In Nostalgia for the Light decaying photographs, stardust, and bone fragments are each presented as ephemeral traces of the past. Ephemerality indicates a duality of presence and absence existing at once, which is also the nature of a traumatic experience. Unbearably present and yet impossible to represent, we are left with the question of how to witness atrocities like those committed by the Pinochet regime in Chile, and the need to visualize the weighty presence of those among the disappeared. This tension is made apparent in the documentary, which emphasizes the need to continue searching even as the discovered answers fail to be definitive. The ethical act that remains is to pay attention to the emptiness, gaps and the spaces between, which Oliver calls the “look of love” and Marks describes as “loving a disappearing image.” Rather than shedding light on the subject, which connotes a probing gaze that uncovers the hidden but definitively knowable truths within, Nostalgia for the Light attends to vast open expanses that are nevertheless filled with air and light drawing our attention to the sensual gaps in history that persist.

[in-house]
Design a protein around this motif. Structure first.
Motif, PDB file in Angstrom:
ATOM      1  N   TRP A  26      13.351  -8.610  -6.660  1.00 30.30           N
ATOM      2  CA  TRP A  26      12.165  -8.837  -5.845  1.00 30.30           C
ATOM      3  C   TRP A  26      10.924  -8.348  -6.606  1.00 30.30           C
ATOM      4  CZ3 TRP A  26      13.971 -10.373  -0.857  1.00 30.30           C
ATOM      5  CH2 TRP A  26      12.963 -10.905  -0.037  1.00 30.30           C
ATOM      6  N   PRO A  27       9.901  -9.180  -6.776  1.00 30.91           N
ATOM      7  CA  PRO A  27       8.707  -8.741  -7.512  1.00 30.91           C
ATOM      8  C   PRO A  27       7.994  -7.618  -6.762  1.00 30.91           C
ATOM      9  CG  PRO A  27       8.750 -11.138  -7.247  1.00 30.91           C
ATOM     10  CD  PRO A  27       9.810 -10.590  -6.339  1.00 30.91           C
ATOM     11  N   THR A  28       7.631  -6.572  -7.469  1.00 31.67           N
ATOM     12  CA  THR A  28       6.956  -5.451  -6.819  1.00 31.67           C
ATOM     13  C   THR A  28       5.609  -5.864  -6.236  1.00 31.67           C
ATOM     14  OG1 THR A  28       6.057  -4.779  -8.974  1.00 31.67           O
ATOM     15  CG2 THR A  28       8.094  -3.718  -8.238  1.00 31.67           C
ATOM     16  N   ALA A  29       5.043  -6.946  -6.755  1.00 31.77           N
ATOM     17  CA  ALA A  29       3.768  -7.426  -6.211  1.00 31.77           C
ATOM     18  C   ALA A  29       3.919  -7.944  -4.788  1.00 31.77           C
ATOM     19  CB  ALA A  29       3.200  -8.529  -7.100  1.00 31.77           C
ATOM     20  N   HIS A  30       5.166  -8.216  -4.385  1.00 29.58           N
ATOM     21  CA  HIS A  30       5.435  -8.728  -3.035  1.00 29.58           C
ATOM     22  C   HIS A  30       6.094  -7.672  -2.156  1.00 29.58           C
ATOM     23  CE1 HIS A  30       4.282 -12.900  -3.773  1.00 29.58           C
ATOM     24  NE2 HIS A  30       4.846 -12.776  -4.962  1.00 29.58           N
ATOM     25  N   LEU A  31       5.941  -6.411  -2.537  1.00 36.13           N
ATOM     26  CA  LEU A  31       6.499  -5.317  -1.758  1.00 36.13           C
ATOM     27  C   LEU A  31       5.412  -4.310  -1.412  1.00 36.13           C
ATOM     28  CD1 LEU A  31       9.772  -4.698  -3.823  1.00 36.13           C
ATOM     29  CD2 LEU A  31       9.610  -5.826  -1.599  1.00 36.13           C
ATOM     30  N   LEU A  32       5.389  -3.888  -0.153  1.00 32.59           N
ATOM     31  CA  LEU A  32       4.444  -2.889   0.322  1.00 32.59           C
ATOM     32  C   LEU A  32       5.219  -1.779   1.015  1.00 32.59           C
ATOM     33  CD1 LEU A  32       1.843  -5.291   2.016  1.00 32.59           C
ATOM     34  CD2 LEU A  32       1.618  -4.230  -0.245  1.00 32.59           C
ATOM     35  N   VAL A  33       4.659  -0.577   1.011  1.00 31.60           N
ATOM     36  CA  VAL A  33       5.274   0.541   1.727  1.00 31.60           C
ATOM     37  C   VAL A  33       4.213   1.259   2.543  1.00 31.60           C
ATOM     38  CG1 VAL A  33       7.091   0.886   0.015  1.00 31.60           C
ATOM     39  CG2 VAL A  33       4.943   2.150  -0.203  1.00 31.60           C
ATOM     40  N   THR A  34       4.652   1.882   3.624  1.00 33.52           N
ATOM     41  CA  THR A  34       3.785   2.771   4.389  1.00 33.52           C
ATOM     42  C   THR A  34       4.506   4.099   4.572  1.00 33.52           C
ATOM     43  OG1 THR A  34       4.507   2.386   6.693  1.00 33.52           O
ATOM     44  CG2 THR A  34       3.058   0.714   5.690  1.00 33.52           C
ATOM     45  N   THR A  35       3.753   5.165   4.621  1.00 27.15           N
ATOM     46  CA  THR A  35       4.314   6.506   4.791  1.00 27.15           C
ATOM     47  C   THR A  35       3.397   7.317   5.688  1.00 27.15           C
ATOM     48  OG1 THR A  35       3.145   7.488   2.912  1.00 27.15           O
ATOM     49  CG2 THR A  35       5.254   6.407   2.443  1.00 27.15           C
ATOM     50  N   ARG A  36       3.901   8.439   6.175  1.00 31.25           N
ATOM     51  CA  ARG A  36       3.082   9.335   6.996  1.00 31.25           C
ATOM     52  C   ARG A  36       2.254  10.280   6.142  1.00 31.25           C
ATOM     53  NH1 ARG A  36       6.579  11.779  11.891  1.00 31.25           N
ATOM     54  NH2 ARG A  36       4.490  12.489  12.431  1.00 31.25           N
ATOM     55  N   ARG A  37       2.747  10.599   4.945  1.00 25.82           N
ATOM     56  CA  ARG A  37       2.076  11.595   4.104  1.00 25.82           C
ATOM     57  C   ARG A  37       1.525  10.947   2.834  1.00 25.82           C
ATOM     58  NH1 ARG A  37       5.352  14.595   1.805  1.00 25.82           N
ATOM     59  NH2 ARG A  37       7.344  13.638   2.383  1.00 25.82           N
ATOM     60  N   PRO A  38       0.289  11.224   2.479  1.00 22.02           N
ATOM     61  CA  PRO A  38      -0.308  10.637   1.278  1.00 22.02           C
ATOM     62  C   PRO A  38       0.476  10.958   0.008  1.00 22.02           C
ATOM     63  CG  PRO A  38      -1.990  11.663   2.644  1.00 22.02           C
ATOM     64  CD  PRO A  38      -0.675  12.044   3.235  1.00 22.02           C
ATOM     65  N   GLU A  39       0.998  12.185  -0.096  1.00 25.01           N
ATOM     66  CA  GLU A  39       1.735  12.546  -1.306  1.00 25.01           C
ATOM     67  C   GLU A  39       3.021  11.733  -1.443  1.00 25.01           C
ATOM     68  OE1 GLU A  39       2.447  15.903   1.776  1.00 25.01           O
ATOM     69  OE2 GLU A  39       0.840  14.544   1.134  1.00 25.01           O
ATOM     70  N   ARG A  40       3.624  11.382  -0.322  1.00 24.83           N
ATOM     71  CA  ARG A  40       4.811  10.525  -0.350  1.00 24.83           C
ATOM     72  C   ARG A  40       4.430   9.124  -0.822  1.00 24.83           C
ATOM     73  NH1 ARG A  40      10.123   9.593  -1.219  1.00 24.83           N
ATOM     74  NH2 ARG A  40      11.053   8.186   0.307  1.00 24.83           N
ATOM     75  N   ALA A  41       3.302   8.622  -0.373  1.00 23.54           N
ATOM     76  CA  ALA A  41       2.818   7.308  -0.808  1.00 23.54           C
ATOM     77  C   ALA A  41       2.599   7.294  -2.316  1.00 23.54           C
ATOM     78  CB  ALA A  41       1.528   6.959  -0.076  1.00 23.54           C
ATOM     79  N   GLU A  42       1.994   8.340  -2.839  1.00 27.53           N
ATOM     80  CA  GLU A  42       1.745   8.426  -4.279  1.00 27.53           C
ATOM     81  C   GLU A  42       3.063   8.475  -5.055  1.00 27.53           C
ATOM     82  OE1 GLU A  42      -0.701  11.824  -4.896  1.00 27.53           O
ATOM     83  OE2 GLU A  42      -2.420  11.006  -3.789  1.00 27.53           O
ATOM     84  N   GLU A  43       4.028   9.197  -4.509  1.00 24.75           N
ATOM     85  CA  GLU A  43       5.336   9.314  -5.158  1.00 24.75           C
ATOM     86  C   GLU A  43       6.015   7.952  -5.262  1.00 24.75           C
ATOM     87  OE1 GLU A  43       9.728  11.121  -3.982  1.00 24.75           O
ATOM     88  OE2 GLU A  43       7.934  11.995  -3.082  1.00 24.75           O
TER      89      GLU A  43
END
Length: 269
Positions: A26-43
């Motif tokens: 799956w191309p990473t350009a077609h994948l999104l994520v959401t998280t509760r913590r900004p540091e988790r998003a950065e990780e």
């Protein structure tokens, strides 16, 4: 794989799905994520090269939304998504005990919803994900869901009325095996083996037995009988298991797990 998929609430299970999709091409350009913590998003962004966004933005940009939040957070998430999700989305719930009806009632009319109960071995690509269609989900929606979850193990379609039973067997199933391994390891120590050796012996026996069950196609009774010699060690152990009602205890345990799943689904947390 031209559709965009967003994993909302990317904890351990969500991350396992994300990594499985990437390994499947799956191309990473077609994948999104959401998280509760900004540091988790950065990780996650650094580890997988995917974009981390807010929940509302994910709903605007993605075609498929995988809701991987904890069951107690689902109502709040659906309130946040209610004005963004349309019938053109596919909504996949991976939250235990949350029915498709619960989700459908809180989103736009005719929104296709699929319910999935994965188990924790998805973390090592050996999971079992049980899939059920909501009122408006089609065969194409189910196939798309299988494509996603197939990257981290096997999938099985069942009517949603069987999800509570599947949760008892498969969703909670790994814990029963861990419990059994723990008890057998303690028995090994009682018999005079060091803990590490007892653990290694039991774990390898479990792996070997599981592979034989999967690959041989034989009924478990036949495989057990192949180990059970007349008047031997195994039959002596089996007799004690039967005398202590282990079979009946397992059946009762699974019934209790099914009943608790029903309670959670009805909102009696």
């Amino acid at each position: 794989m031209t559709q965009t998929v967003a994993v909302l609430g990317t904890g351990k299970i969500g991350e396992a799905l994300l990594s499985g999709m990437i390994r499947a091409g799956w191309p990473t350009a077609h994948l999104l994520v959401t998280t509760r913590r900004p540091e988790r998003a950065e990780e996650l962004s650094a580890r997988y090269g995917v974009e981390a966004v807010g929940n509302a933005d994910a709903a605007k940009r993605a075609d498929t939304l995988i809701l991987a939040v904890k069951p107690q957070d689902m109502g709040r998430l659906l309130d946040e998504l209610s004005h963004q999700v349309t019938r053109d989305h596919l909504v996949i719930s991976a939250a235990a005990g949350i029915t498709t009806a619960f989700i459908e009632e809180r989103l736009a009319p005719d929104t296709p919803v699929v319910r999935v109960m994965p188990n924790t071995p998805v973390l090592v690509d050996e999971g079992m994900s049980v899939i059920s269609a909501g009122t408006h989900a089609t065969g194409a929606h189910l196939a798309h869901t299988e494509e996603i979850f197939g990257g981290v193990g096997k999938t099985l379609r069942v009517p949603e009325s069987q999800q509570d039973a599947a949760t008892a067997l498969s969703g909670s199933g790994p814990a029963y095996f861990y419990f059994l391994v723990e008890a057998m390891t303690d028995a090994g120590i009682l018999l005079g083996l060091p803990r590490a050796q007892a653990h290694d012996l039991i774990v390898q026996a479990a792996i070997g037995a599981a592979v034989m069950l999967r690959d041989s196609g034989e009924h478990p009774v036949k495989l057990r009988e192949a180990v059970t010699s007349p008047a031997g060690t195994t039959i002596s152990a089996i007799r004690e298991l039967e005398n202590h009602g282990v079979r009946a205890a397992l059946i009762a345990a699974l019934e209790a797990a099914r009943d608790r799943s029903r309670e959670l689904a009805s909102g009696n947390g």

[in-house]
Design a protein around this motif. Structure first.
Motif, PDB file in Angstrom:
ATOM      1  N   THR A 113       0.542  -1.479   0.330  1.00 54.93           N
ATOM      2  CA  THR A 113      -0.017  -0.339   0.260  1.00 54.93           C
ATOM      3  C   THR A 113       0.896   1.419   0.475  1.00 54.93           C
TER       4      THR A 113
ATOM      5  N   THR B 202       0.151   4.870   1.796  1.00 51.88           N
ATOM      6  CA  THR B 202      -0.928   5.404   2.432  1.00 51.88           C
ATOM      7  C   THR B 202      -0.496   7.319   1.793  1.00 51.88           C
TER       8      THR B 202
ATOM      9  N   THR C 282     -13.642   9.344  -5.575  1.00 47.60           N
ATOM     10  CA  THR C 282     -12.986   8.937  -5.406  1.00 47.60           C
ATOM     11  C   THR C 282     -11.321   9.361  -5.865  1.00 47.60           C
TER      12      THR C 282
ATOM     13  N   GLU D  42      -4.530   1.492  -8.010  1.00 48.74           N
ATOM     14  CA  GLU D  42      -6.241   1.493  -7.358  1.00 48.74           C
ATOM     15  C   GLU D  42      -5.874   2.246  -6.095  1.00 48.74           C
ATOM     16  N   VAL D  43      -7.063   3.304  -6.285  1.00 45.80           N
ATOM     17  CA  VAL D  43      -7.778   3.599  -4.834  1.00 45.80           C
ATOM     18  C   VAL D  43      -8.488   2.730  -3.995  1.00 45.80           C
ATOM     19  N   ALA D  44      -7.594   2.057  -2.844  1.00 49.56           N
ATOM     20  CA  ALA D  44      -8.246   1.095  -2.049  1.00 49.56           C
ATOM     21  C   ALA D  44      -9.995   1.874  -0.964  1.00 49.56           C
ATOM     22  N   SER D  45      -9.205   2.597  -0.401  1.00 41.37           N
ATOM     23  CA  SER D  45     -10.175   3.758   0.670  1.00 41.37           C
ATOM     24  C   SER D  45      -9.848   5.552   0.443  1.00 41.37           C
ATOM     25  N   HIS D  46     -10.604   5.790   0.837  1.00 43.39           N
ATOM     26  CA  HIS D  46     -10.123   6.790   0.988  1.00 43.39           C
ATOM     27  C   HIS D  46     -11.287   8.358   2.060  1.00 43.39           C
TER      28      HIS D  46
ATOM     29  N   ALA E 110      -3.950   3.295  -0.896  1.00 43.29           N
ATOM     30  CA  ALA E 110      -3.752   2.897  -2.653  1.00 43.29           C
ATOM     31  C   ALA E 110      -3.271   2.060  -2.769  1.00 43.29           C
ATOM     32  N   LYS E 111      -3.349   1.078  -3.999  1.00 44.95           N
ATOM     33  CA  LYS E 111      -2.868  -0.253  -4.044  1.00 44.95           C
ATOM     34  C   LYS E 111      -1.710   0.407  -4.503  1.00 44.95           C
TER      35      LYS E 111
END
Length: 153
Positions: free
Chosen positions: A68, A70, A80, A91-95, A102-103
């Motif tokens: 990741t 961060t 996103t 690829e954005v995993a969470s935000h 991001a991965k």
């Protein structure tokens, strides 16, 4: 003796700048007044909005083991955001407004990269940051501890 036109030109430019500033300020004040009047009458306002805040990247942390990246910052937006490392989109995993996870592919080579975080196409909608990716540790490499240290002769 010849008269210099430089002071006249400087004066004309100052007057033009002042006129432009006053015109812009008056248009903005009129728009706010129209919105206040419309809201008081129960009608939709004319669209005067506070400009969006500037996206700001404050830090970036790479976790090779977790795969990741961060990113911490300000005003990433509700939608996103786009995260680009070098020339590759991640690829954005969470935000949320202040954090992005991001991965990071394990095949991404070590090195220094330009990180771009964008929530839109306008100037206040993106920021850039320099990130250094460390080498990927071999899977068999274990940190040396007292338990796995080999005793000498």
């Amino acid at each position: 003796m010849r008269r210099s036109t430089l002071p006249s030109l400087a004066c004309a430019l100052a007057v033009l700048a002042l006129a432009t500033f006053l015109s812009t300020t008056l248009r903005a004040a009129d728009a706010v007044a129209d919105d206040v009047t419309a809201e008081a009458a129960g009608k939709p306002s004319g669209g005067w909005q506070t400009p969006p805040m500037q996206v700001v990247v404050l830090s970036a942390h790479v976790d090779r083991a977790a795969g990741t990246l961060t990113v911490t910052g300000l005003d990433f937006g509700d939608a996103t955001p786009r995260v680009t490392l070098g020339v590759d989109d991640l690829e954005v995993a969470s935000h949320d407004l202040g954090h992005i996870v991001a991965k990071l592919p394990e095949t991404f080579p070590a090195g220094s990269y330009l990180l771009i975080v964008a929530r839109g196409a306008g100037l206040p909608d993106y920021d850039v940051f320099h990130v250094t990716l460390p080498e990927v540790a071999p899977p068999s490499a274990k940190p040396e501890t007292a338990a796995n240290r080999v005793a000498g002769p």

Laurel Ahnert is a lecturer in the School of Film, Media & Theatre at Georgia State University. She researches ethical questions raised by global documentary films and online media using phenomenology as her philosophical lens. Her work has appeared in journals such as Social Text and New Review of Film & Television Studies.